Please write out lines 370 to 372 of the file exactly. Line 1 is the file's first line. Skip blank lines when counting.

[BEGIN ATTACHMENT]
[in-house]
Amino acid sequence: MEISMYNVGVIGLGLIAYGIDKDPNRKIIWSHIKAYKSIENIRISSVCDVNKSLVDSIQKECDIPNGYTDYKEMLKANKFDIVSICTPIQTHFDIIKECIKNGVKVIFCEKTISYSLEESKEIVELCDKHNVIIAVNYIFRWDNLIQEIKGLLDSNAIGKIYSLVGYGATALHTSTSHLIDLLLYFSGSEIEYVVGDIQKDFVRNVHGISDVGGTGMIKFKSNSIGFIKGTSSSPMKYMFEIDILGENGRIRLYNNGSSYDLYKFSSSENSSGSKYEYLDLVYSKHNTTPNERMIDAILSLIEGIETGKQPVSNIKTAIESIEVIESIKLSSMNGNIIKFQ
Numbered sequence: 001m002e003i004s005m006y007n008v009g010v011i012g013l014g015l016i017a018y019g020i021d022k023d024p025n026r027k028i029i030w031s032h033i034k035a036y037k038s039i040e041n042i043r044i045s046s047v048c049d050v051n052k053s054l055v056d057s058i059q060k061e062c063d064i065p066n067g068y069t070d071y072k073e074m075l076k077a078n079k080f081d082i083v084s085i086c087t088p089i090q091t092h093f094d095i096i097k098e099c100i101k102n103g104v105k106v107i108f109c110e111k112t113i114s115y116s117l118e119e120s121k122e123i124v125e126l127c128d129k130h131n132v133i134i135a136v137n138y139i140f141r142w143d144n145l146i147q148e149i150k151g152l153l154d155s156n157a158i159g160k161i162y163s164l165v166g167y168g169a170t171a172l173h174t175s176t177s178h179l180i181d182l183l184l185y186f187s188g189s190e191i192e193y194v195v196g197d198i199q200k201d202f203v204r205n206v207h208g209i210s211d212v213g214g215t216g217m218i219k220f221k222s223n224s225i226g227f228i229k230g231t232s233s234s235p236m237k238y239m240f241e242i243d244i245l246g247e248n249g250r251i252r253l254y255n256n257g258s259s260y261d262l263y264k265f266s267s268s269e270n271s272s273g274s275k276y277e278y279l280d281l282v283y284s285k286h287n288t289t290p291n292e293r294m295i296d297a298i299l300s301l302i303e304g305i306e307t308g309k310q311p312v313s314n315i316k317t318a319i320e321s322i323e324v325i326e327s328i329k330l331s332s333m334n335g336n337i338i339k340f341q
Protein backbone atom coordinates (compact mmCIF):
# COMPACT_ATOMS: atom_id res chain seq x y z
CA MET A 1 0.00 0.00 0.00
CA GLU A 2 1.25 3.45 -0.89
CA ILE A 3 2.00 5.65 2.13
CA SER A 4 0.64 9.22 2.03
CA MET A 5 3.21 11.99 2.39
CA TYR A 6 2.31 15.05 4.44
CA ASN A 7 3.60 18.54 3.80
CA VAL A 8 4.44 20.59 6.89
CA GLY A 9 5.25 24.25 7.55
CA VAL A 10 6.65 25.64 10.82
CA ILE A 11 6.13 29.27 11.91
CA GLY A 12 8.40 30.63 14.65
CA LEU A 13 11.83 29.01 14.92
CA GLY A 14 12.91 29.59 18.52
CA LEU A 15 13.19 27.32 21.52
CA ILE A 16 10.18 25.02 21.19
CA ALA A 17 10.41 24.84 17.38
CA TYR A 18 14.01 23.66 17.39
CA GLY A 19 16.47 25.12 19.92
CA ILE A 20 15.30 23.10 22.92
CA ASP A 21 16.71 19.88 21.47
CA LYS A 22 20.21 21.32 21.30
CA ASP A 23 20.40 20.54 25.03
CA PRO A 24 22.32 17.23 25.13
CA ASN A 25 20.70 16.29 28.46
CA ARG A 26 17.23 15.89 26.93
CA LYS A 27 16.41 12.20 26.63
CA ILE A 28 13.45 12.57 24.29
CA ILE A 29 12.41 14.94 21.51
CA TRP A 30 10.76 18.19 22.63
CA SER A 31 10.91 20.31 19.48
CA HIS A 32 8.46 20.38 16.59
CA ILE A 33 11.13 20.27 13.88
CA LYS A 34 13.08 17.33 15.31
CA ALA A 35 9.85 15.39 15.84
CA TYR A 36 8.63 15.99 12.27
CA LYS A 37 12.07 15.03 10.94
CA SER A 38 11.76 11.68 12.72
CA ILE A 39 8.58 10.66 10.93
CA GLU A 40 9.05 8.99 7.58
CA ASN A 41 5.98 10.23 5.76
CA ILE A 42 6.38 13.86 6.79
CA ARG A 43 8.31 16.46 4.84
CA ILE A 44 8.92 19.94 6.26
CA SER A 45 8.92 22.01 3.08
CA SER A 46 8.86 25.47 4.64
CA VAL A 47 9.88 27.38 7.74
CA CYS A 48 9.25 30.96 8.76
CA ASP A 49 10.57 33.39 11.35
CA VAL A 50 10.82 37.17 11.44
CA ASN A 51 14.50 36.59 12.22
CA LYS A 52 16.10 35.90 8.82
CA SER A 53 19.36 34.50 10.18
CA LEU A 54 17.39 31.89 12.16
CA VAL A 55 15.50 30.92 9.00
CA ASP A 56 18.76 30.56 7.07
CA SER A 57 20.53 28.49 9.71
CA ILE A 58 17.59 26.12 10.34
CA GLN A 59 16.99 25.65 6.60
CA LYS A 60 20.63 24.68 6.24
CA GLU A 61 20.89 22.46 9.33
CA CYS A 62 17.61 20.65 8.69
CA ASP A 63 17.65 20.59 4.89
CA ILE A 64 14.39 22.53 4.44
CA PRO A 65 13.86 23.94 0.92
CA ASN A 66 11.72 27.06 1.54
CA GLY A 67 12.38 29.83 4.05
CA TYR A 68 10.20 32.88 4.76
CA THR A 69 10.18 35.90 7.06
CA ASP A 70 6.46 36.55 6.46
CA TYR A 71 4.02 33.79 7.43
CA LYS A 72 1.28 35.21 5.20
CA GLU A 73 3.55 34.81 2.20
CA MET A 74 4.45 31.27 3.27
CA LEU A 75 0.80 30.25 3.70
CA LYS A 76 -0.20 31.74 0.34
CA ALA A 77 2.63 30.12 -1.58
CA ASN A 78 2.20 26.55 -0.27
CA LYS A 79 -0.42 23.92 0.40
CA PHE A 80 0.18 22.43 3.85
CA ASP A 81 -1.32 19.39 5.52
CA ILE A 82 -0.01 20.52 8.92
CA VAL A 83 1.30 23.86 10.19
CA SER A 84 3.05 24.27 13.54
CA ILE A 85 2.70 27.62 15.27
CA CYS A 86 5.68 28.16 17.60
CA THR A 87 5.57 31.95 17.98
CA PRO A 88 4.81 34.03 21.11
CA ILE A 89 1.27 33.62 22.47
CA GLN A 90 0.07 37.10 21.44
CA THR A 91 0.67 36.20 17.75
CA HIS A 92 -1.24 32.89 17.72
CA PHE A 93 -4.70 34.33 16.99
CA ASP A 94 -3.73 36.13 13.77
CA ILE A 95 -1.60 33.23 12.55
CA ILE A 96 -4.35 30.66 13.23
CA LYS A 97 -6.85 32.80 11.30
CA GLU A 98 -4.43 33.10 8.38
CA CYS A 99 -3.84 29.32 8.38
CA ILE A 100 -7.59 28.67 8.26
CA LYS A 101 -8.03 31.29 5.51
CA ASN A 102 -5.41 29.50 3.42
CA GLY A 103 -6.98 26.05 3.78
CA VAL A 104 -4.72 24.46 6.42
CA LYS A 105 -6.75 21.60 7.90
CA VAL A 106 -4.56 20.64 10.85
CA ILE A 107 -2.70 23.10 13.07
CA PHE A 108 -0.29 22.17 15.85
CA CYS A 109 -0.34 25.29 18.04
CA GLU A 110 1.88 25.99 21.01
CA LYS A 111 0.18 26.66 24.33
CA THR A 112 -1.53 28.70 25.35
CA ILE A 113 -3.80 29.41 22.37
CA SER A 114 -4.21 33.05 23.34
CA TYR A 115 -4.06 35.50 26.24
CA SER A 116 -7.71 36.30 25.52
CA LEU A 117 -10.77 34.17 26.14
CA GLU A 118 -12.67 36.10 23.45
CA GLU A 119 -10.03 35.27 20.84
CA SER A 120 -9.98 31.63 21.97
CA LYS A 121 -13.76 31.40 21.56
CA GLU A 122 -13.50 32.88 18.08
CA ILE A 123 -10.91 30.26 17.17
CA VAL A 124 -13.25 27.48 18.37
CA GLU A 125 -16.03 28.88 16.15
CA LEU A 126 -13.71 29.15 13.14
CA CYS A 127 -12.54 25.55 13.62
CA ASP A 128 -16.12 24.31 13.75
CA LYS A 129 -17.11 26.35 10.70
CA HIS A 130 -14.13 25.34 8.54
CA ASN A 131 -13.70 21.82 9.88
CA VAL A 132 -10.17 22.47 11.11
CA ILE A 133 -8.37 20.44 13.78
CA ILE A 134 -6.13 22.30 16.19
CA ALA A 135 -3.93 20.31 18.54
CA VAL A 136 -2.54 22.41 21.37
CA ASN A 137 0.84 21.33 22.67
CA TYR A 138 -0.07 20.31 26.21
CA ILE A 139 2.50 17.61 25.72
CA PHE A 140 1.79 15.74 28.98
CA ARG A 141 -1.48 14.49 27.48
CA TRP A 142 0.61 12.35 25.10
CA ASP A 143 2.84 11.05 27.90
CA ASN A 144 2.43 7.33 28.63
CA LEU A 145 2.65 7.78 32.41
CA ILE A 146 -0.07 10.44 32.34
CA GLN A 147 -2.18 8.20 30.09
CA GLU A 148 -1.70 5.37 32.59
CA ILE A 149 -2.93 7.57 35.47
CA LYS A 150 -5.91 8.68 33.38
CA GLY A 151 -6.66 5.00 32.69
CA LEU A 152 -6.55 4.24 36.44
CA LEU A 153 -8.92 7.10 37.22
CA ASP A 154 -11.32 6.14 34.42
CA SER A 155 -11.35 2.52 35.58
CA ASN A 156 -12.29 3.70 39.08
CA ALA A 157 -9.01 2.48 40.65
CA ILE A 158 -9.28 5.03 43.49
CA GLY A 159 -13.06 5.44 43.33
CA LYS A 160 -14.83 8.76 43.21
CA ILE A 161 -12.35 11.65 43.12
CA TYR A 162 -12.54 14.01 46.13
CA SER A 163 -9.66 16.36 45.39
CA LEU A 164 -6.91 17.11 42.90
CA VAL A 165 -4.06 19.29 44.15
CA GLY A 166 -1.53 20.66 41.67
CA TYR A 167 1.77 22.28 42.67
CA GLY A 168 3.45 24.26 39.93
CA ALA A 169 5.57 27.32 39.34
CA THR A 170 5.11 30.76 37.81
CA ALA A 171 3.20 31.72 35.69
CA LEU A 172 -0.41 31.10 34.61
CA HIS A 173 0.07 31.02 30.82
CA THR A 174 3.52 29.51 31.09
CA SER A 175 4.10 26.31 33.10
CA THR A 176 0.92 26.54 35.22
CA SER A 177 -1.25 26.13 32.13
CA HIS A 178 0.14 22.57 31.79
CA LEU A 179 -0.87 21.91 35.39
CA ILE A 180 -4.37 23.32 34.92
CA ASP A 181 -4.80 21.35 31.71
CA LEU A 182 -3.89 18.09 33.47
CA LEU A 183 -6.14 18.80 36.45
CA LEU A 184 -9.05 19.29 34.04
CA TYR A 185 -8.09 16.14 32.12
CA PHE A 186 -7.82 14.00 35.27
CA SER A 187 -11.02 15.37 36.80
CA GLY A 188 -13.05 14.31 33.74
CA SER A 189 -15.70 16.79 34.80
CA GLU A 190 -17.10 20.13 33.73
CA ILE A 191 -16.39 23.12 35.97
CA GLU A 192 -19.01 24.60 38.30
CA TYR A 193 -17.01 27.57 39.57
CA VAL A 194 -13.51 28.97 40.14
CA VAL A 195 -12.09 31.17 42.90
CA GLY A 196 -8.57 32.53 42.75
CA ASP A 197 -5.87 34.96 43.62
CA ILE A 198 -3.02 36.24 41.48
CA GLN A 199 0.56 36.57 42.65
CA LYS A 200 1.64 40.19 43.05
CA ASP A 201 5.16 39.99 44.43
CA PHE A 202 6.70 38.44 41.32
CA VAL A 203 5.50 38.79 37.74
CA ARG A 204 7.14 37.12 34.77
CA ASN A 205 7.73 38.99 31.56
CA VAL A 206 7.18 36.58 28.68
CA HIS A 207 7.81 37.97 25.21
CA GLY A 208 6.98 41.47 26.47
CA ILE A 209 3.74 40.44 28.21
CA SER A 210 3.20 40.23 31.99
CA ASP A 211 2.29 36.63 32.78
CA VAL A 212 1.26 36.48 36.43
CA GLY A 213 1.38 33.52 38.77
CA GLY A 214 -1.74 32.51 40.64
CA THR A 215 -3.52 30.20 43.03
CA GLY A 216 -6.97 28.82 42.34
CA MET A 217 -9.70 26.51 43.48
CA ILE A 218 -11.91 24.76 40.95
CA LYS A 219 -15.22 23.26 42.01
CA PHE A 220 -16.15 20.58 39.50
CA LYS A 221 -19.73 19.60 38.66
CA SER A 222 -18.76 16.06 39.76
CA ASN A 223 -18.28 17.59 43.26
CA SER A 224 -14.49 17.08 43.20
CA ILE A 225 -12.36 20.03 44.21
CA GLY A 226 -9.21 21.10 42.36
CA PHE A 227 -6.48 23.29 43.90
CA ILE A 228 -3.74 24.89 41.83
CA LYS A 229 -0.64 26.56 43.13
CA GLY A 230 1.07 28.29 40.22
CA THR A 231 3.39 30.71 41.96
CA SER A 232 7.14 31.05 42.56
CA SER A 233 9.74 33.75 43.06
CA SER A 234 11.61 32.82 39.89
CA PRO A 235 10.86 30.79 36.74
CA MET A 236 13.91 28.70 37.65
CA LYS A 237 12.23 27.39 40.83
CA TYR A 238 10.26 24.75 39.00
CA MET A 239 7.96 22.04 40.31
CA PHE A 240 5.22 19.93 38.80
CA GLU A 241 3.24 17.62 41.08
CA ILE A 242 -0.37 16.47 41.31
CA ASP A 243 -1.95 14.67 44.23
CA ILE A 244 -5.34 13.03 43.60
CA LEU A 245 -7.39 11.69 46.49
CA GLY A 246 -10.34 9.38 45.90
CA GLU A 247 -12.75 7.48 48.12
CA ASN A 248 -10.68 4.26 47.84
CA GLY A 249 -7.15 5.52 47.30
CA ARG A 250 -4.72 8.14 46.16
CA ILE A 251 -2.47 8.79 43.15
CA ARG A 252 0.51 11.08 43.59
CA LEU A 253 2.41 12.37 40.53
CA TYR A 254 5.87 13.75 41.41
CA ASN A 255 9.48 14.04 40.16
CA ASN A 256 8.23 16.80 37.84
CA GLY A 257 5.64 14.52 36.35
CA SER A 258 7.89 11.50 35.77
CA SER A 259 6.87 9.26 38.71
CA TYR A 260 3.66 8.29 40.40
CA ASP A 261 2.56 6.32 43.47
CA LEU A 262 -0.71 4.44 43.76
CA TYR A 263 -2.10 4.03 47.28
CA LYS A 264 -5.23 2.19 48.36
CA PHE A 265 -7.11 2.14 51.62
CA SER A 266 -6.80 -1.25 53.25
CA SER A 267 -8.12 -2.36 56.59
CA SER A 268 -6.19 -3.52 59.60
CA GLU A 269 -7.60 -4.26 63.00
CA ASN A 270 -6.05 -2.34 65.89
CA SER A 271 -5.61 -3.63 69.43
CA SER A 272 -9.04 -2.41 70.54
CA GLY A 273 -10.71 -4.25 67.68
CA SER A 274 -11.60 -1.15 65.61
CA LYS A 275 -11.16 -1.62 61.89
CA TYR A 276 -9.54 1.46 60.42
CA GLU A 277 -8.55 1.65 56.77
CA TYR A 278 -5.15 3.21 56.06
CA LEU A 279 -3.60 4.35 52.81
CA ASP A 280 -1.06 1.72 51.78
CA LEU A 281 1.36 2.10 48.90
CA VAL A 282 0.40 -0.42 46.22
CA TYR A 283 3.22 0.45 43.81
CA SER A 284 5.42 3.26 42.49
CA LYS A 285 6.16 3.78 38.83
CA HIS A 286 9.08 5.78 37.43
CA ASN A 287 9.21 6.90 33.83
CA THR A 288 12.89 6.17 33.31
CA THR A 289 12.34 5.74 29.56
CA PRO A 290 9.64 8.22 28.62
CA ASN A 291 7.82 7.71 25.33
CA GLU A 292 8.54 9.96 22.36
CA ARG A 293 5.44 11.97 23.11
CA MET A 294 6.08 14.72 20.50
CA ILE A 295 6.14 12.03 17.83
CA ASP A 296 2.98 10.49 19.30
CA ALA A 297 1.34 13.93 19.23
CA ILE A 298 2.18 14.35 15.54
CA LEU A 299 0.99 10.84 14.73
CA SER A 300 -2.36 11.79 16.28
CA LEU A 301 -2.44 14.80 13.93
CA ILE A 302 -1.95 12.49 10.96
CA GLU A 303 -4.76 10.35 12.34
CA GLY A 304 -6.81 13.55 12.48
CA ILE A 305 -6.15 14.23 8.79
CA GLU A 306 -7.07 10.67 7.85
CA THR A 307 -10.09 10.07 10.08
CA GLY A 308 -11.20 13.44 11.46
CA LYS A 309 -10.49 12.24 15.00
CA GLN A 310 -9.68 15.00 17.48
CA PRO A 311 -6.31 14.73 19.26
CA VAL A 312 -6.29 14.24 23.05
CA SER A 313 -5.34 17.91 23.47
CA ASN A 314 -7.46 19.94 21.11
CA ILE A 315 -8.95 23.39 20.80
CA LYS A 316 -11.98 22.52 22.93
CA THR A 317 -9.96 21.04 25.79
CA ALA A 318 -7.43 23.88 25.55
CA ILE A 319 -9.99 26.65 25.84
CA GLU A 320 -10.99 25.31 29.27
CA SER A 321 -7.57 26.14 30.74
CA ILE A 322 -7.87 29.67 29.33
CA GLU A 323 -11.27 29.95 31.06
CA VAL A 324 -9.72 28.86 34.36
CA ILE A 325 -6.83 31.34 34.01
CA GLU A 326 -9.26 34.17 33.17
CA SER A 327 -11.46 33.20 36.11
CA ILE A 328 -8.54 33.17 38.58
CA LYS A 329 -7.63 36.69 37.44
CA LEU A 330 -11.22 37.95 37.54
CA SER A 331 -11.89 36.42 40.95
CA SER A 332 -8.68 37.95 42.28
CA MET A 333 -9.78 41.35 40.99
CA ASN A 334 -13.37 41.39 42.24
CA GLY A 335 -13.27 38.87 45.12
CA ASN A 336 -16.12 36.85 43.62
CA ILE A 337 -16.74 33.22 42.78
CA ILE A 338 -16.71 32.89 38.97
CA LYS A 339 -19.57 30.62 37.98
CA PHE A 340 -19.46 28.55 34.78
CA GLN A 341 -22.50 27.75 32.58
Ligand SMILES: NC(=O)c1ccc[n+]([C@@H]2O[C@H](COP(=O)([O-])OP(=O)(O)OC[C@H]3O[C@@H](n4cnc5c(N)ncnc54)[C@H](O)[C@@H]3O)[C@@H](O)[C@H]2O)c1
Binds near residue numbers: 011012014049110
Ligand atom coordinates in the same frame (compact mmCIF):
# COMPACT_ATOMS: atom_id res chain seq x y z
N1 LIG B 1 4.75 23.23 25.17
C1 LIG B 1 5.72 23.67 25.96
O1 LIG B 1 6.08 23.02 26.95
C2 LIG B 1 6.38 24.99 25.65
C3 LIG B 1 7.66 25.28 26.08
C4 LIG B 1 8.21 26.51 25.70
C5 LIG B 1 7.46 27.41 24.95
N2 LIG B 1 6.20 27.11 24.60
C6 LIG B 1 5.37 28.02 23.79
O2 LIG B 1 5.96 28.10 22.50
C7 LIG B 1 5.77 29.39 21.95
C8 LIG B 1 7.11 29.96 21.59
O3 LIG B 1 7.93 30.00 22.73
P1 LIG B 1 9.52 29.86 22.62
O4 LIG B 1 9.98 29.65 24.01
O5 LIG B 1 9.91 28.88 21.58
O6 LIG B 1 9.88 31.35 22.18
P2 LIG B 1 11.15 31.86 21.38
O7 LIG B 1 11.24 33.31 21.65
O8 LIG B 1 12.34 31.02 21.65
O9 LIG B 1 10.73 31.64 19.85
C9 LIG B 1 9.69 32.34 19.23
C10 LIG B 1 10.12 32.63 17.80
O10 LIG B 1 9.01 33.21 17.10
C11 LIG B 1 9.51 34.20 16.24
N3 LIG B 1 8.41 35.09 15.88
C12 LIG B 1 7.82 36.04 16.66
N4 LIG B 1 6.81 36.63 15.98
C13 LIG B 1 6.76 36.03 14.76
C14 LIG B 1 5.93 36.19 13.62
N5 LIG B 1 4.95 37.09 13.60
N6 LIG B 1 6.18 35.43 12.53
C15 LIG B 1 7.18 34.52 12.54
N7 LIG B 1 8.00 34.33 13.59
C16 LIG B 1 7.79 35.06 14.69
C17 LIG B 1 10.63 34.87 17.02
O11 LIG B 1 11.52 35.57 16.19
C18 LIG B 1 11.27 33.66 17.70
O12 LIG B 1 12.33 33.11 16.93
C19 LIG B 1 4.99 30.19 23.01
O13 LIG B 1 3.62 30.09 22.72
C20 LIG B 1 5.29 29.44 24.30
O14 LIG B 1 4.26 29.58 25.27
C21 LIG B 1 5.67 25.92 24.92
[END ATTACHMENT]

O8 LIG B 1 12.34 31.02 21.65
O9 LIG B 1 10.73 31.64 19.85
C9 LIG B 1 9.69 32.34 19.23